Hong Kong aviation

Aviation industry presses Hong Kong government to open heliport at former Kai Tak airport site

Administration to study demand for cross-border and domestic services to assess viability of helicopter flights to and from major Pearl River Delta cities

PUBLISHED : Sunday, 05 March, 2017, 7:32pm
UPDATED : Sunday, 05 March, 2017, 11:26pm

Aviation may return to Kai Tak – Hong Kong’s former international airport before it was moved to Chek Lap Kok off Lantau in 1998.

The government will study the issue as the aviation industry draws up a case to operate a heliport at the tip of the old runway next to the Cruise Terminal, the Post has learned.

Following the government’s budget boost for helicopter flights, the Transport and Housing Bureau will start a “comprehensive review” as soon as April on demand for cross-border and domestic services to assess the viability of helicopter flights to and from major Pearl River Delta cities.

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The industry, which includes helicopters and business jets, has proposed to the government that the general aviation sector could manage Kai Tak heliport as a non-profit venture at no cost to the taxpayer.

Heliport flights could act as connecting flights to and from business jets waiting at airports across the Pearl River Delta.

“If we operate it, we could effectively subsidise the cost of it. We will facilitate everybody else at a commercially operated heliport. That is what happens at Battersea heliport in London,” explained HeliGroup director Gavin Neale, who added that re-opening Kai Tak for commercial flights would be a symbolic move.

The site for Kai Tak heliport is currently an 80,000 sq ft fenced-off barren area. The land has been zoned as a heliport for years. It has already passed an environmental impact assessment.

The proximity of the Cruise Terminal’s customs, immigration and quarantine facilities make it ready to handle cross-boundary flights.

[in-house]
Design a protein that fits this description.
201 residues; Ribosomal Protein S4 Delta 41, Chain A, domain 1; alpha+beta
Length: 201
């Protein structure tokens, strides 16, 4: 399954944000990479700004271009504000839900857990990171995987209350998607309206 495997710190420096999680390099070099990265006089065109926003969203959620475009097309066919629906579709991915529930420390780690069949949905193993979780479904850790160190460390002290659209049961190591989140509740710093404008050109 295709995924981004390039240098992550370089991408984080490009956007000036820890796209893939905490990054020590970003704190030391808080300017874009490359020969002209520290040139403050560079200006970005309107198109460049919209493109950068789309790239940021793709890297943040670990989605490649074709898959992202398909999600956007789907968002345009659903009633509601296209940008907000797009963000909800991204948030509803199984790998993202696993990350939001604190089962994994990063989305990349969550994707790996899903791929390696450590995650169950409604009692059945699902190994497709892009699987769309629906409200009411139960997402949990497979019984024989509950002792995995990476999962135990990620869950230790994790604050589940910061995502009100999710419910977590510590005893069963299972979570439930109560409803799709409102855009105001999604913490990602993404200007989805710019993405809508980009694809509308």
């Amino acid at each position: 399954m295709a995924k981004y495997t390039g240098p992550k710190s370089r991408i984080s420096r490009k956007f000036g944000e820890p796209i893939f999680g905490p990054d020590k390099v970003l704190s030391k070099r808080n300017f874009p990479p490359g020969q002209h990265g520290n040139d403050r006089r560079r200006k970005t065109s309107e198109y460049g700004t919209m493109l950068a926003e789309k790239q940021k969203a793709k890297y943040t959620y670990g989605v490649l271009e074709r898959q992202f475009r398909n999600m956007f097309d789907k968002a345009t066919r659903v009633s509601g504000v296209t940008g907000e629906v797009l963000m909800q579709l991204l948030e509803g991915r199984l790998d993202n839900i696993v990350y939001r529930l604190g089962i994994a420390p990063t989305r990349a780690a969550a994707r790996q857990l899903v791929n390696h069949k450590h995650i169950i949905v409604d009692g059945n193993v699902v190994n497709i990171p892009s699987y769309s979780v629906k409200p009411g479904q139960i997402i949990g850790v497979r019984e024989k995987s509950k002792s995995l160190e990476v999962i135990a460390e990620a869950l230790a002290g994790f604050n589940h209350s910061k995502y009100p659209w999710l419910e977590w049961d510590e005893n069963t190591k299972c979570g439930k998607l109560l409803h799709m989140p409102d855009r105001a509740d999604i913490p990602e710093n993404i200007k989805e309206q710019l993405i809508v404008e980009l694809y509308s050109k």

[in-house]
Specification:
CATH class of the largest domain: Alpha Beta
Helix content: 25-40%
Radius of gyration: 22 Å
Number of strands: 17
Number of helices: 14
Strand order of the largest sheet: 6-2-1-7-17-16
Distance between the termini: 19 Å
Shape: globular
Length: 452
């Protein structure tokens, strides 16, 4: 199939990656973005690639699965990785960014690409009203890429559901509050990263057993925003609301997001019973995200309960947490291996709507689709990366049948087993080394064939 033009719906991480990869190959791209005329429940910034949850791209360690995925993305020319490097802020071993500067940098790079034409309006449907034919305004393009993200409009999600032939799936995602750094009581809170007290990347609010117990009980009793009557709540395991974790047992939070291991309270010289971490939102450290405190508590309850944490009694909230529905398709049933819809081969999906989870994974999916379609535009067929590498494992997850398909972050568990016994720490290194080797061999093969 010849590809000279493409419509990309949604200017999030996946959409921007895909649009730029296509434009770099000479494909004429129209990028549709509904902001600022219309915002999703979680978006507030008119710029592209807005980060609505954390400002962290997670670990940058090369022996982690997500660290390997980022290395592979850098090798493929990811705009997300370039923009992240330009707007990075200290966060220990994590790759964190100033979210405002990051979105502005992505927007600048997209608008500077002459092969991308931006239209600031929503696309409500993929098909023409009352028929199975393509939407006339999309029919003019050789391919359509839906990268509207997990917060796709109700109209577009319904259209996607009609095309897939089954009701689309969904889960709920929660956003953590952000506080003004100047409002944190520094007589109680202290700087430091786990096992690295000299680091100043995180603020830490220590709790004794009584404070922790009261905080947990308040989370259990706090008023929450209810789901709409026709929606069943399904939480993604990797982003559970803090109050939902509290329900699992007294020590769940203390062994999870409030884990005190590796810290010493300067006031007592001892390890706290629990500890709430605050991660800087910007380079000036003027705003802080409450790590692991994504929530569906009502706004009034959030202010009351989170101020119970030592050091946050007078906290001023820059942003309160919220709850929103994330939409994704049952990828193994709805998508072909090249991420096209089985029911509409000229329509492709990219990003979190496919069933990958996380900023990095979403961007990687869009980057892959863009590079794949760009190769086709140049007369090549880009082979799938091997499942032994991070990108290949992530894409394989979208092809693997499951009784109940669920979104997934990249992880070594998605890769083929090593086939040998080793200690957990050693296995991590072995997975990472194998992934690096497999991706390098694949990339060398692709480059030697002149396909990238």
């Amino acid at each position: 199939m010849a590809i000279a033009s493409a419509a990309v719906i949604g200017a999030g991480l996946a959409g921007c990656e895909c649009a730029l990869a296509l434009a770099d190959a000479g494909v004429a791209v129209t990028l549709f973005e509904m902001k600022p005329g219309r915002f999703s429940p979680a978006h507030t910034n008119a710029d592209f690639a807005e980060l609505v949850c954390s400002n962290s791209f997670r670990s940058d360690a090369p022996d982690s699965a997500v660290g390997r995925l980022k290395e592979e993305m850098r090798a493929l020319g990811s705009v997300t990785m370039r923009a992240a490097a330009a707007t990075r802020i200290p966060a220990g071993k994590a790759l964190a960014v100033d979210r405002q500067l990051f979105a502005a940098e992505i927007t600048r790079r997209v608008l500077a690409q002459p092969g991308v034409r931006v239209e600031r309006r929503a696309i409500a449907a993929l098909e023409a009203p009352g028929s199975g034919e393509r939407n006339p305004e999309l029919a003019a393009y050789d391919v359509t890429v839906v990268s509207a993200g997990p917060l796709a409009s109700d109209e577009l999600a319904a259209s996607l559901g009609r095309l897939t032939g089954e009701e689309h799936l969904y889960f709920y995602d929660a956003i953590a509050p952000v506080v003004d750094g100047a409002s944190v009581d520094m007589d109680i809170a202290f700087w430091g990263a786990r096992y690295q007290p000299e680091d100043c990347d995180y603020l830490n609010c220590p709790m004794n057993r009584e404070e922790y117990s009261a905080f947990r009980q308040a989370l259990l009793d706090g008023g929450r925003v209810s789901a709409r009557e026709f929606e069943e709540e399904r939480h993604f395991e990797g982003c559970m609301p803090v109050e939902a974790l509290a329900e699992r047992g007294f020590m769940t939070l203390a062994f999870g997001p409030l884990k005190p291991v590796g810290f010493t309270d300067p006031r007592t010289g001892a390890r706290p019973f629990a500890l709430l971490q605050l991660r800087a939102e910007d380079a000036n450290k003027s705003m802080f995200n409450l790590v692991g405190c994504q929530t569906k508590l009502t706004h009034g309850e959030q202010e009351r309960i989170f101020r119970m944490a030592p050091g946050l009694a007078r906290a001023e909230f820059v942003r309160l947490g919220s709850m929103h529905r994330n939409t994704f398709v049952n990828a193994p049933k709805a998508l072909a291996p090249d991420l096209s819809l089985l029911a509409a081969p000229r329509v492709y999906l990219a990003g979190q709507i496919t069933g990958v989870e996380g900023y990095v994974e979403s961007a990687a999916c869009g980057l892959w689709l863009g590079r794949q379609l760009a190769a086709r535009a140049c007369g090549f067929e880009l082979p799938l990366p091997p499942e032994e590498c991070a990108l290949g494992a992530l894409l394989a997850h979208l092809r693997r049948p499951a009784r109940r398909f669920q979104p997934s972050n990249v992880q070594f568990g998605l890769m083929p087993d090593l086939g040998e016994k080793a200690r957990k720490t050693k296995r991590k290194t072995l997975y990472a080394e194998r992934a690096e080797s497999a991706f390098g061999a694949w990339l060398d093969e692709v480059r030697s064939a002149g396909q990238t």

The former Kai Tak airport site is being slowly transformed into a vast commercial, residential and civic development district, which includes a second central business district for corporations and some government departments.

The bureau and the Civil Aviation Department, citing the State Council’s policy guidance last year to open up low-altitude airspace, said in a joint statement: “This new policy direction provides a good opportunity for us to reconsider the potential of helicopter services in Hong Kong and the Pearl River Delta region as a whole.”

The review will also assess what role and demand there are for helicopter flights as part of a combined journey – namely landing on a business jet in the mainland and making a final helicopter journey to Hong Kong.

Business jet operators have faced numerous challenges flying in and out of Hong Kong International Airport because of a scarcity of take-off and landing slots, forcing operators to think creatively about their business.

Combining helicopter shuttle flights to transport passengers to and from business jets landing in the Pearl River Delta could free up more commercial flights out of Hong Kong’s airport, Neale said. He estimated up to 35 take-off and landing slots used by such jets could be released back to passenger and cargo operators.

Albert Yau, the general manager of Zhuhai airport, which is 55 per cent owned by Hong Kong’s Airport Authority, questioned whether the existing helicopter facilities at Shun Tak Centre in Sheung Wan were enough to support cross-border flights.

He said a debate should start on opening the Kai Tak heliport.

Zhuhai airport is already benefiting from special facilities to shuttle business jet passengers onto Hong Kong-bound helicopter flights, and views itself as a relief airport for general aviation in Hong Kong.